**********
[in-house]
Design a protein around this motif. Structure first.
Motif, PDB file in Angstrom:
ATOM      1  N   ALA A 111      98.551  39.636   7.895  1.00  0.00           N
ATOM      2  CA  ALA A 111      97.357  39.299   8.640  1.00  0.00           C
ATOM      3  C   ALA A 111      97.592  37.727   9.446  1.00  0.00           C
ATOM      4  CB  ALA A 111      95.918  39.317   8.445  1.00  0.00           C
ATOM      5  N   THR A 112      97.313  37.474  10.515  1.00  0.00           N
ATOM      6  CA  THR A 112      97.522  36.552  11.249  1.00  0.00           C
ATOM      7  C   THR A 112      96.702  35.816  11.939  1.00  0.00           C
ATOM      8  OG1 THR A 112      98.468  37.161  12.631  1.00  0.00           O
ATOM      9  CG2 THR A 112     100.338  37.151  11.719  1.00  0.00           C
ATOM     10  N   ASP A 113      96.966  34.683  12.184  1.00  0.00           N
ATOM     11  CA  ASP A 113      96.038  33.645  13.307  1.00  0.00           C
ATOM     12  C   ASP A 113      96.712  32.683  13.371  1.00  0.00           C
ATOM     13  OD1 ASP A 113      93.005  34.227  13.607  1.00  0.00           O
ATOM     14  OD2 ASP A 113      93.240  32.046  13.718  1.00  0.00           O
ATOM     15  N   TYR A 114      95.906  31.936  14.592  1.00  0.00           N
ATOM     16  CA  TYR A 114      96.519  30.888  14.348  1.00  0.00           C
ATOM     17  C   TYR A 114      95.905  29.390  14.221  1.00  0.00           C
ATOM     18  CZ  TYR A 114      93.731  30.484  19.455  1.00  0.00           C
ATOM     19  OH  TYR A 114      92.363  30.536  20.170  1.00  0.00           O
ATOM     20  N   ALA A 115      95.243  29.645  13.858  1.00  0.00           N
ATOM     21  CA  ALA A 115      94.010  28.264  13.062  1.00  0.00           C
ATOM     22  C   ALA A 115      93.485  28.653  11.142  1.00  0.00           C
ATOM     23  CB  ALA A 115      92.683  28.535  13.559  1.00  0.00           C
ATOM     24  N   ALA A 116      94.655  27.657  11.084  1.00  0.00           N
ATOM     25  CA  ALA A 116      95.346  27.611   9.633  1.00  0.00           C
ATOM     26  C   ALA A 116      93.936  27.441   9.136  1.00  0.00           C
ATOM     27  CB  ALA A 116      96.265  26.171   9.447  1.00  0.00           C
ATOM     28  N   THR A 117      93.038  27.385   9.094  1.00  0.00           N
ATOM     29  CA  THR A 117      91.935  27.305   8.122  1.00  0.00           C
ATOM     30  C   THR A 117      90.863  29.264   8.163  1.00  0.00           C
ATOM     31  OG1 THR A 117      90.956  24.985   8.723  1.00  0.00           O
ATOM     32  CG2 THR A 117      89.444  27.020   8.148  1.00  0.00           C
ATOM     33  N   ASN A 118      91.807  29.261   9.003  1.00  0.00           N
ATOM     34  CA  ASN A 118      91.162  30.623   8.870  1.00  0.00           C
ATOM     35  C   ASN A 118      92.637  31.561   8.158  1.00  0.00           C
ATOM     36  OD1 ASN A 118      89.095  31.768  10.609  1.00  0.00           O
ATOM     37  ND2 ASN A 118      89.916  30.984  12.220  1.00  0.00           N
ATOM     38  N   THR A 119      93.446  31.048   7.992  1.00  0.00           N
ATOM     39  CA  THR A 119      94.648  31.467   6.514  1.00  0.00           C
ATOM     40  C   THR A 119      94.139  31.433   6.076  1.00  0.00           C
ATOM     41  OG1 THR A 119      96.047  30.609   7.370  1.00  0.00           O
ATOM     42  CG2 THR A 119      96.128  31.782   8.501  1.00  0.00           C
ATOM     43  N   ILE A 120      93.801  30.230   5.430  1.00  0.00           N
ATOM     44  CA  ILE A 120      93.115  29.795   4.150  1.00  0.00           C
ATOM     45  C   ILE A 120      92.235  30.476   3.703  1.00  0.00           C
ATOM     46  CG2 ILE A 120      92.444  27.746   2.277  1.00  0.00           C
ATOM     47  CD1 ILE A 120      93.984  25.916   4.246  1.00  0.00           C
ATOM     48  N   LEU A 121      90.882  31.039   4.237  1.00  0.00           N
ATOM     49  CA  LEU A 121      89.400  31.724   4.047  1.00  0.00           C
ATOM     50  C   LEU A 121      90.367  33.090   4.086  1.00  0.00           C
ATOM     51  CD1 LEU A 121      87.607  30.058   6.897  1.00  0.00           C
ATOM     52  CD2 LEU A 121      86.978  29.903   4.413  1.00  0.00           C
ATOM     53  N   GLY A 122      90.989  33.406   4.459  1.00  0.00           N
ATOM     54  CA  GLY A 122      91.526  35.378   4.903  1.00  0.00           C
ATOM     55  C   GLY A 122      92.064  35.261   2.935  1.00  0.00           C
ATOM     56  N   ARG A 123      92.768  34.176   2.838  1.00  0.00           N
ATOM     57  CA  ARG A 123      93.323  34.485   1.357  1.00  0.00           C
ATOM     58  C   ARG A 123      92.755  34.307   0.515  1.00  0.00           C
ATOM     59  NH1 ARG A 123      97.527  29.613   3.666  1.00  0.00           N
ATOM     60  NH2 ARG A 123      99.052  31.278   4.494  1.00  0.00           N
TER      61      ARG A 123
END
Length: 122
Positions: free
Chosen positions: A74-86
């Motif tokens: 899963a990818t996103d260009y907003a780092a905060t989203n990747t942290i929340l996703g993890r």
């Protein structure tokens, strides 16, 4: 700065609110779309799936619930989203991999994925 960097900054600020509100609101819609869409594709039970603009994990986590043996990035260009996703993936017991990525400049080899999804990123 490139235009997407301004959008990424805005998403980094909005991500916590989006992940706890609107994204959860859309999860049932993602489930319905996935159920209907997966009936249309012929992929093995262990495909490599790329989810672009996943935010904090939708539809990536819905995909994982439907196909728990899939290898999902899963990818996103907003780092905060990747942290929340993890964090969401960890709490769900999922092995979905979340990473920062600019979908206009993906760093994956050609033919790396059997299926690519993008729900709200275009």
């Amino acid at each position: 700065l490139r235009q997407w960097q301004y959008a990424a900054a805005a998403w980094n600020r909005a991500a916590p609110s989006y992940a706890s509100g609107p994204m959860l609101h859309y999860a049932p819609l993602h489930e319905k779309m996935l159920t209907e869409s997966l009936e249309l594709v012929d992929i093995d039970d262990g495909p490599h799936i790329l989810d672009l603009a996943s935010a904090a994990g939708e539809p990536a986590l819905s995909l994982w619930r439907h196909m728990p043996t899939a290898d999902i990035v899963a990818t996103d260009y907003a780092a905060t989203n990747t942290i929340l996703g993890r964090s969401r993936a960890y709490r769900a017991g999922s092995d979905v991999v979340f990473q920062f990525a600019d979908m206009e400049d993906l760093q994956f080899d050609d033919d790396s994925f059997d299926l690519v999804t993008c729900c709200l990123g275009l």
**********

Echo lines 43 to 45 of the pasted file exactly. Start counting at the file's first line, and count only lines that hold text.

ATOM     40  C   THR A 119      94.139  31.433   6.076  1.00  0.00           C
ATOM     41  OG1 THR A 119      96.047  30.609   7.370  1.00  0.00           O
ATOM     42  CG2 THR A 119      96.128  31.782   8.501  1.00  0.00           C